Background

Endometriosis is a common gynecological disorder, with an estimated incidence of 10% in women of reproductive age [1]. It typically involves intra-pelvic organs and peritoneum, but can also affect any extra-pelvic organs [2]. It commonly occurs after implantation of endometrial tissue during previous pelvic surgical procedures [3].

Inguinal endometriosis is a rare clinical entity that was first reported in 1896 by Cullen. Its incidence is not estimated, as there are only around 50 cases reported in the literature. It represents a diagnostic dilemma as it is often misdiagnosed as other inguinal pathologies such as inguinal hernia, soft tissue tumors, and inguinal lymphadenopathy [3–5]. Most of the reported cases are managed surgically without preoperative imaging or biopsy [6]. Herein, we report a case of left inguinal endometriosis in a virgin nulliparous middle-age woman with no previous gynecological procedures, mimicking an inguinal hernia.

Case Report

A 33-year-old nulliparous woman reported having left groin pain radiating to the left thigh and aggravated by menstruation that lasted for 2 years prior to her presentation. She had regular menstrual cycles and denied any gynecological symptoms suggestive of endometriosis such as dysmenorrhea or dyspareunia. She was otherwise healthy with no previous abdominal or pelvic surgeries or any gynecological interventions. She never received hormonal therapy or contraception and she was not on any regular medications. Upon physical examination, she had a 1.5-cm left inguinal mass, tender on palpation and adherent to the underlying tissue. Ultrasonography of the abdomen and pelvis showed an ill-defined speculated solid hypoechoic left inguinal mass measuring 1.6×1.4 cm in diameter. The uterus and ovaries were within normal limits. Computed tomography (CT) of the pelvis revealed a central hypo-attenuation left inguinal mass measuring 1.7×1.2 cm in diameter and thickening of the left round ligament (Figure 1). There were no other identified lesions, or suspicion for endometriosis, malignancy, or inguinal lymphadenopathy. Based on the presentation, examination, and imaging, left inguinal hernia was one of our differential diagnoses.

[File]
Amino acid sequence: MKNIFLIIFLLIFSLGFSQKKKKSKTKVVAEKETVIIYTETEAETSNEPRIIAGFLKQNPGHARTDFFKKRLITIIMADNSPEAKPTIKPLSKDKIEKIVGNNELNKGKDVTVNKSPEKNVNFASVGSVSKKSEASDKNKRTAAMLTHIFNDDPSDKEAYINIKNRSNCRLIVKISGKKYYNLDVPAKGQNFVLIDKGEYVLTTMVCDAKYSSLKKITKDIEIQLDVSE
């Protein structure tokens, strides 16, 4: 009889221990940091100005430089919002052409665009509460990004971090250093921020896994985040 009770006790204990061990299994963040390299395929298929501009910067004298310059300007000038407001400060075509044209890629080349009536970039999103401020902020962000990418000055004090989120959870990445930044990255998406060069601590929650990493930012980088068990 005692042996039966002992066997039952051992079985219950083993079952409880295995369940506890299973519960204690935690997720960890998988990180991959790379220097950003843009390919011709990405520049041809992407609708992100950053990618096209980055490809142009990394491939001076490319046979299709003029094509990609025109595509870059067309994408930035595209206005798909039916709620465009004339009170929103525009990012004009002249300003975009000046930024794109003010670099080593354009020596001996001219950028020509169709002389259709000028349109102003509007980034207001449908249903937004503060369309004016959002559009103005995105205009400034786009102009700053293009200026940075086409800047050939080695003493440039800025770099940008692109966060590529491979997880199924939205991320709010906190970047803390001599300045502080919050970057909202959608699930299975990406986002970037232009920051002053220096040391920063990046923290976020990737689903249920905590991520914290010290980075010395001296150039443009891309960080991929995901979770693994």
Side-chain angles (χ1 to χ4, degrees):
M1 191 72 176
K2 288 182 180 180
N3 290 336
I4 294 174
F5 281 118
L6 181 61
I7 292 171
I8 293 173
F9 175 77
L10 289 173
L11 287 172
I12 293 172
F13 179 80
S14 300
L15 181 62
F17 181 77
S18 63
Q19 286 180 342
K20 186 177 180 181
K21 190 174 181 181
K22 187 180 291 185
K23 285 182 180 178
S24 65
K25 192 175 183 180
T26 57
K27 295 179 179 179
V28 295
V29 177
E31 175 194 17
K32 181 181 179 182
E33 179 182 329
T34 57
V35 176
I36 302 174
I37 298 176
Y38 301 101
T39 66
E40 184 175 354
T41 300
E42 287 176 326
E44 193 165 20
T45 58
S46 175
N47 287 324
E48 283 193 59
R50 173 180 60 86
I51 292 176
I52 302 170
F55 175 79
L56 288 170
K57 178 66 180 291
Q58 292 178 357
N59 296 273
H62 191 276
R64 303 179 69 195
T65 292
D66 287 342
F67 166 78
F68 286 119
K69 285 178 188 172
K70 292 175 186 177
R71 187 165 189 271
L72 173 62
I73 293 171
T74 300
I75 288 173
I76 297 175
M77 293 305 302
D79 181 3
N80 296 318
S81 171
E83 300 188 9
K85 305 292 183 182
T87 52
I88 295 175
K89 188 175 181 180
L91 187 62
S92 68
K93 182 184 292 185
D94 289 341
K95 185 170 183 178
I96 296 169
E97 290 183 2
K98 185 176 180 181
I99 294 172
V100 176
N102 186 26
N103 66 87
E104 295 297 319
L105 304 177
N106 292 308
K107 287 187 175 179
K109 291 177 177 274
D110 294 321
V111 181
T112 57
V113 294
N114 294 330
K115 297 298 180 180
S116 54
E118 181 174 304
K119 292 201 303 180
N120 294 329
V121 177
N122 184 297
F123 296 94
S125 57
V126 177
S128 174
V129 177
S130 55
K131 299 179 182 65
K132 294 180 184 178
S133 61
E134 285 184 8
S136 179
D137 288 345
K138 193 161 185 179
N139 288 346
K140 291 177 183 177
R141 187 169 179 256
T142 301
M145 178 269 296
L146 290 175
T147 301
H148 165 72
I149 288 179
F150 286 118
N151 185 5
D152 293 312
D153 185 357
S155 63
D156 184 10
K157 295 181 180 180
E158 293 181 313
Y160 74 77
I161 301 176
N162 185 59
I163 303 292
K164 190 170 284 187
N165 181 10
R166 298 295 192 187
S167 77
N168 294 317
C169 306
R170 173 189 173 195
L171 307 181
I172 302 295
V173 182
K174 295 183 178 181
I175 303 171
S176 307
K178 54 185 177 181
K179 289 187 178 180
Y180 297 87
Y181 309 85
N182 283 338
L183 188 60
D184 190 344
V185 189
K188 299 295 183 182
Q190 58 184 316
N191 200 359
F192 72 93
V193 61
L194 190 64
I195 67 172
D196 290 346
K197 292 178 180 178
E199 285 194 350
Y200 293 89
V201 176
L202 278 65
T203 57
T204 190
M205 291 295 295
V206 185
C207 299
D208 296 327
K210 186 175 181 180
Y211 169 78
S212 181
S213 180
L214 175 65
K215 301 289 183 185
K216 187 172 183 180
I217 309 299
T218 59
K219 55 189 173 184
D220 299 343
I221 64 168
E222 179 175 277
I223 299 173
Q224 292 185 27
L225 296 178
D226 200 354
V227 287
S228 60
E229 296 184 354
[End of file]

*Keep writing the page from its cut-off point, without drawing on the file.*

The patient underwent left inguinal canal exploration that revealed a 1.5-cm mass adherent to the round ligament and floor of the canal. The mass was excised completely with a 0.5-cm safety margin. The inguinal canal floor was repaired and strengthened with proline mesh. The patient tolerated the procedure well and was discharged in good condition.